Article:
Resident Dennis Duff said he believes this would make Aldridge cut through street.
“The only way you could do that is if you made Aldridge one way to Galen Street, and no entry (from Galen),” Duff said.
Planning for Galen Street & Beyond
Resident Marcia Ciro thanked Feltner for “putting the brakes” on the process, and said she would like to see more resident input before anything is approved. Ciro lives near the Arsenal on the Charles and said people need to make sure that developers do what they say.
“At community meetings developers promise a lot, but nobody follows up (from the Town) to make sure they did it,” Ciro said.
Leo Martin, who is chair of the Conservation Commission, said that he would like to see some planning not just for Galen Street, but how it interacts with the Watertown Square area, just over the bridge.
“On Main Street from Church Street to Mt. Auburn Street there are two story buildings that aren’t going to be there in 10 years,” Martin said. “We have to have a vision for what Watertown Square could be — it could have green space, set backs. We need to think outside the box.”
How to Influence the Process
Another common question at the meeting was how could residents get involved, and influence how this and other developments are planned.
In terms of the current rezoning proposal, Feltner encouraged the residents to contact the Town Councilors to share their views. She noted that the Town Councilos’ phone numbers and emails are on the Town’s website.
The vote is due to be held on Feb. 11 at the Town Council meeting (7:15 p.m. in Town Hall). Feltner cannot use the Charter Privilege again, but if other councilors joined her they could vote to have the issue referred to a subcommittee to be discussed. She proposed that at the last meeting, but did not get a second on her motion.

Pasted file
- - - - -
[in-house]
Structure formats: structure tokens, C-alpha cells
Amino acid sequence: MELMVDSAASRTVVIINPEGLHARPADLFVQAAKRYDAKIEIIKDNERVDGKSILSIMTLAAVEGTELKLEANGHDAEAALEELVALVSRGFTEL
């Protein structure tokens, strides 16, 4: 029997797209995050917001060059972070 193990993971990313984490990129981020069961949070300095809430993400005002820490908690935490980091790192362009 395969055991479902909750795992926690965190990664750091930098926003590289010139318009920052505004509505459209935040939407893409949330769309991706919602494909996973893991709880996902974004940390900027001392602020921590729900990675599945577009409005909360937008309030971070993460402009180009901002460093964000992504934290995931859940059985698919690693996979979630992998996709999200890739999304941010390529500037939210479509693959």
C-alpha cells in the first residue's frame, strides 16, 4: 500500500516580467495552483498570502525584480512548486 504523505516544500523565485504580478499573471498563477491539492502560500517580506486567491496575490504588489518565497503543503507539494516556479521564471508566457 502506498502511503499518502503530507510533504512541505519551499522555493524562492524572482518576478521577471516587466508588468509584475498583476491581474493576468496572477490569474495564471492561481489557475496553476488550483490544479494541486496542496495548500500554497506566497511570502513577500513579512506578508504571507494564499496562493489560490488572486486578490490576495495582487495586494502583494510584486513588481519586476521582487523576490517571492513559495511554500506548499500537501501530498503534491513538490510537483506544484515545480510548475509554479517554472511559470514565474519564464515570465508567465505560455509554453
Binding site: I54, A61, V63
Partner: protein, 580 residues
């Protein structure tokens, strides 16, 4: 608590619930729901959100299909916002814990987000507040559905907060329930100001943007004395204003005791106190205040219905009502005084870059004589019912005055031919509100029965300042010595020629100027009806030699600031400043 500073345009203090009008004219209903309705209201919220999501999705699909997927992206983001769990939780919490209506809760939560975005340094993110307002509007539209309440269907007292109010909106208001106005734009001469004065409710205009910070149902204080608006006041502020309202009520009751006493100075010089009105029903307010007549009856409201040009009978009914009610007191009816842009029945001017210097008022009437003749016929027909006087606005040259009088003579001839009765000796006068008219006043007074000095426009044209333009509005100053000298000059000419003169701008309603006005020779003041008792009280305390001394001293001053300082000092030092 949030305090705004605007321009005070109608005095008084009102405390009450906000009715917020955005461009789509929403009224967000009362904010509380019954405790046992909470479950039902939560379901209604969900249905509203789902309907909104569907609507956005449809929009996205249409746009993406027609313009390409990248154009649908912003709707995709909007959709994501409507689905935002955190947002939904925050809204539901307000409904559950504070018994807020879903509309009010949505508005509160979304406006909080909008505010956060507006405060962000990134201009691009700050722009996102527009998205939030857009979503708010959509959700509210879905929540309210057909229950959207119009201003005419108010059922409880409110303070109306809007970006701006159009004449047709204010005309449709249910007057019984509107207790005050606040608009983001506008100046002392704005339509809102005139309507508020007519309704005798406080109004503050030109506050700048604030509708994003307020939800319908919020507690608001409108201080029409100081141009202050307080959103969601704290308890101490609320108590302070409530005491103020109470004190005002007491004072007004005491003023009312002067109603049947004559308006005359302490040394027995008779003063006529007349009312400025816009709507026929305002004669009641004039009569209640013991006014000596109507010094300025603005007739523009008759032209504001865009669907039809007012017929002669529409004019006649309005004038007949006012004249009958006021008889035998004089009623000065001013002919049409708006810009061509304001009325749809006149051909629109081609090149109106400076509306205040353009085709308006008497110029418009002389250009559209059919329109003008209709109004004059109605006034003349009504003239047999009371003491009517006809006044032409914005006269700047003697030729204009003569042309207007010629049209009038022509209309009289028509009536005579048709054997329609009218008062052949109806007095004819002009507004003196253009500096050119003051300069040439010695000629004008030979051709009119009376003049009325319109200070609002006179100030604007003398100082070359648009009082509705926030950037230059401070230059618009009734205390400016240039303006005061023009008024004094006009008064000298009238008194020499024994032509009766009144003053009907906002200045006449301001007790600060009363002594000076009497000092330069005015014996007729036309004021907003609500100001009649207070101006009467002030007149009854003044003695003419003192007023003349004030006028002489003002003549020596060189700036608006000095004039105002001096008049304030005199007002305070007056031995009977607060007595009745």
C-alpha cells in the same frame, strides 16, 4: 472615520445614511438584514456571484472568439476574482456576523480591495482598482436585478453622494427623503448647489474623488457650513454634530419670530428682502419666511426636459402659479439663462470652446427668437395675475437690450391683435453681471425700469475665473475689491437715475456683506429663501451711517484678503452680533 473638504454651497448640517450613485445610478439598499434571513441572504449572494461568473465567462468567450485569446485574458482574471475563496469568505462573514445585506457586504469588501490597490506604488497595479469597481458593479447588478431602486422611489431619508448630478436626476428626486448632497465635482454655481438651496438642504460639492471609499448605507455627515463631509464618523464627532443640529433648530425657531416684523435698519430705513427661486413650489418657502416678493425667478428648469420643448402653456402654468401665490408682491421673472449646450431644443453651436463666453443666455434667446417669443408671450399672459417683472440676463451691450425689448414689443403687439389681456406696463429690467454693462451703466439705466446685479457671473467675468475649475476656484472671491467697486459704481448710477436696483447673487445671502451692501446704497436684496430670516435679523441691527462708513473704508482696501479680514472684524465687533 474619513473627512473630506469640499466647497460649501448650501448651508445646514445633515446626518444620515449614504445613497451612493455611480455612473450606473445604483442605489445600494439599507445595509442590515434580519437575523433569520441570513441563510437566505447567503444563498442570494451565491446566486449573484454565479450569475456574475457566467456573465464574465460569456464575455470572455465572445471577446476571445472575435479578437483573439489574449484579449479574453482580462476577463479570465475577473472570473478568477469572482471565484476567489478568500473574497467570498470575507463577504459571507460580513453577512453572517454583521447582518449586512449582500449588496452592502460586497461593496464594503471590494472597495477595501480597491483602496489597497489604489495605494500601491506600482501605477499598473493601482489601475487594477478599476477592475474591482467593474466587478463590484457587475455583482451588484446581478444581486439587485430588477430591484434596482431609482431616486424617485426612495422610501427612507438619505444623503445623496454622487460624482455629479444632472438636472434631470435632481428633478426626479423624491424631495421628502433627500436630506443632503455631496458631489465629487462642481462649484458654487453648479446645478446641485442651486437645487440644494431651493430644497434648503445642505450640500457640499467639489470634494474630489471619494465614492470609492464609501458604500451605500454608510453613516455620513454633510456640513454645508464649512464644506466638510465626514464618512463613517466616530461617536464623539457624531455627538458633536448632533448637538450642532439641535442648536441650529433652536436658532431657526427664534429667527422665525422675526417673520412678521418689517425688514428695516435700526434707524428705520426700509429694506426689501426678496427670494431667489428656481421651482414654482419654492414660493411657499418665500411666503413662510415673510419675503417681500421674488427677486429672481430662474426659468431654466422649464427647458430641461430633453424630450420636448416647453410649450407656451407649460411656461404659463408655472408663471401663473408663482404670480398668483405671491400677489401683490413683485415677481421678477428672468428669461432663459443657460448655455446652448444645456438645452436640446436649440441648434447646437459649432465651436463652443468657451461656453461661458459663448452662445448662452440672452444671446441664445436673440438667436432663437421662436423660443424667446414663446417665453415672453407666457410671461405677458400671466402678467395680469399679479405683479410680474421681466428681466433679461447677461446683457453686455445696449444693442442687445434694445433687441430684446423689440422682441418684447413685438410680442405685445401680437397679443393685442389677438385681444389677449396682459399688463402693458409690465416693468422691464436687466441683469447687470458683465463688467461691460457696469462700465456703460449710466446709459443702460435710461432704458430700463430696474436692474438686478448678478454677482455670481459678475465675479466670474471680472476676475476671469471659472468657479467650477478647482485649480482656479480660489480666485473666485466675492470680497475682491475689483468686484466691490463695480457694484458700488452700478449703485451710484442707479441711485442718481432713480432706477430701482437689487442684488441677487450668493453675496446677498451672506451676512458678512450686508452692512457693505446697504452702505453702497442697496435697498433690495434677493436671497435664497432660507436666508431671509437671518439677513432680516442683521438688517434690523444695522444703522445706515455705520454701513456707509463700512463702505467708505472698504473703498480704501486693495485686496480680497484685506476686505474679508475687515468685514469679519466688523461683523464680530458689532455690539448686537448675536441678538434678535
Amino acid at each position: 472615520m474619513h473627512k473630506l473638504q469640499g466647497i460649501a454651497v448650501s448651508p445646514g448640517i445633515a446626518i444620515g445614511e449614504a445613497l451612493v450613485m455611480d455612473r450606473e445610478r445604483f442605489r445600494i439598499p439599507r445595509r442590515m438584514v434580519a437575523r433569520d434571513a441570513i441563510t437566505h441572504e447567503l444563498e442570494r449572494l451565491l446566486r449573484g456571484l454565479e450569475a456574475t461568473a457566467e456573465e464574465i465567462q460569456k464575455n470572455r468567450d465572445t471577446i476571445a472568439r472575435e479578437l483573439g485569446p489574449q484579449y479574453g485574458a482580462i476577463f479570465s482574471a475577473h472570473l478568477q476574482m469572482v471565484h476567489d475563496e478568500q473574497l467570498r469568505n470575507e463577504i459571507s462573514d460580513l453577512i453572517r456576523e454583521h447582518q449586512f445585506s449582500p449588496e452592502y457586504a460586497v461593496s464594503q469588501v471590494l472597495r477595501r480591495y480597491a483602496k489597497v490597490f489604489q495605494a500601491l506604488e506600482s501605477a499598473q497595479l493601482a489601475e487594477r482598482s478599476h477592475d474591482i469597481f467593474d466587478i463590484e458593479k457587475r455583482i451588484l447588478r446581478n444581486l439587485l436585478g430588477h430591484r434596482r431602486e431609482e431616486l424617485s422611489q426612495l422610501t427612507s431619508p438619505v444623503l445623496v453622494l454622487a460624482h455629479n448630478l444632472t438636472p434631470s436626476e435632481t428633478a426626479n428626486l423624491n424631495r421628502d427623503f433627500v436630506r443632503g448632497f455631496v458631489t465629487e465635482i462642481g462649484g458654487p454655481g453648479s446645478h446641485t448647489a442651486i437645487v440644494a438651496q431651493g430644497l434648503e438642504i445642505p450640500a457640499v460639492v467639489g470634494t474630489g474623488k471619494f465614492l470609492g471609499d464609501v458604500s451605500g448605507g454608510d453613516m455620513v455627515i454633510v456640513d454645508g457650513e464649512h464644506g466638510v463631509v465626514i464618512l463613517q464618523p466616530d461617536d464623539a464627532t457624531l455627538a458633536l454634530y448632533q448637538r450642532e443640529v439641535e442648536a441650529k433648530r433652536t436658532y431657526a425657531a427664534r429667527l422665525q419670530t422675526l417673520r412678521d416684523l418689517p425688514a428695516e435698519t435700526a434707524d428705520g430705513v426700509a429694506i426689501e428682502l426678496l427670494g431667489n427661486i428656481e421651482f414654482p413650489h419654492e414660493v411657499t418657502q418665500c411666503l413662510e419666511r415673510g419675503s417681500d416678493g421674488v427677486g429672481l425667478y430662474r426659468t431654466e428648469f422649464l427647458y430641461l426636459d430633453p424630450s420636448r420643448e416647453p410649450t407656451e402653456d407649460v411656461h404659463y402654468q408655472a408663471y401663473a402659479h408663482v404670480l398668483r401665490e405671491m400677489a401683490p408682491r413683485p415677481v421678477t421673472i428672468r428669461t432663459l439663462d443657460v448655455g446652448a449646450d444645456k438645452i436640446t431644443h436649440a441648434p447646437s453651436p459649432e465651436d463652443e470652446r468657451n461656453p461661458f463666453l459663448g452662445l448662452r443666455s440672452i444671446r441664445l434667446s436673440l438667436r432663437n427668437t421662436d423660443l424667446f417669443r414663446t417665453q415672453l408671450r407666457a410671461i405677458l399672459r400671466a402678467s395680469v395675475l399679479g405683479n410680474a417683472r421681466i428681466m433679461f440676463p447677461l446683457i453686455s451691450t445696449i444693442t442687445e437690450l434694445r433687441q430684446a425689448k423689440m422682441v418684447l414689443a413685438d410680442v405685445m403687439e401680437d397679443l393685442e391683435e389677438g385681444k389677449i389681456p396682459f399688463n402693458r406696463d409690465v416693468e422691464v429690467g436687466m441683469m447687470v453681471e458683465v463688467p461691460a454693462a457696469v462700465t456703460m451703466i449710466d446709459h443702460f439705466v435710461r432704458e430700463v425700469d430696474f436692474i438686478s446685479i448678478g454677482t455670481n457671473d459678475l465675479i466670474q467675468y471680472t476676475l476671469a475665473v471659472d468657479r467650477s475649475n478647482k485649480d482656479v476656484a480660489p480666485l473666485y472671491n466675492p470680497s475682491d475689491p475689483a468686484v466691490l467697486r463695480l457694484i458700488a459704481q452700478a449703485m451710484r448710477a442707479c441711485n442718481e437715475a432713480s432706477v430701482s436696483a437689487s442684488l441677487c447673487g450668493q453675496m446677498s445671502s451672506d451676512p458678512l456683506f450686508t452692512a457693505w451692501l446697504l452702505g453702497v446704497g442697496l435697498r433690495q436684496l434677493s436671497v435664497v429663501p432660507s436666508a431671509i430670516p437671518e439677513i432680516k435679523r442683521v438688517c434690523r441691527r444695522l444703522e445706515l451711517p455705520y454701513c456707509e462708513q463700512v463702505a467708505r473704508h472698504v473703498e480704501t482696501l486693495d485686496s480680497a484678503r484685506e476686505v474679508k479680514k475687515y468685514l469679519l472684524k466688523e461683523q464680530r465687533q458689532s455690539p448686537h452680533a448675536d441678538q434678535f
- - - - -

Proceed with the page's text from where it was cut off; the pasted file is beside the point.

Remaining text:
Also, a zoning change requires a two-thirds majority to mass, or six of nine councilors. The public hearing on the rezoning has been closed, but residents could talk about it during the public forum period at the beginning of the meeting.
In terms of the longterm, and for future projects, Feltner said that this is the current process for how projects are presented and approved by Town boards. Other towns have different methods, and the Town’s rules and ordinances could be changed.
One opportunity for making such changes, or at least who makes those changes, is the Town Charter review, which is taking place in 2020. Town Council President Mark Sideris is seeking six residents to sit on the Charter Review Committee. Those interested can contact him at firstname.lastname@example.org. The deadline to apply of Jan. 31 has been extended.
Watertown’s Town Charter defines how the Town government works, including what powers are given to the Town Council, the Town Manager, and others in town. It could even change the form of government. Other communities in Massachusetts have elected mayors. Some smaller communities have Town Meetings, which give final approvals. Changes proposed by the Charter Review Committee have to be put on the ballot by the Town Council and then must be approved by voters at a Townwide election.
Some noted, however, that other members of the Charter Review Committee are the nine Town Councilors, and doubt that the Councilors would vote to reduce their power.
Resident Michelle Cokonougher said that another way to have a citizen committee review the Town Charter would be to pass a Citizen Initiative. That requires the applicants to collect signatures in support of the proposal from one-tenth of the registered voters as of the last Town Election, which would be nearly 2,400 people (the town had 23,857 registered voters during the November 2019 election).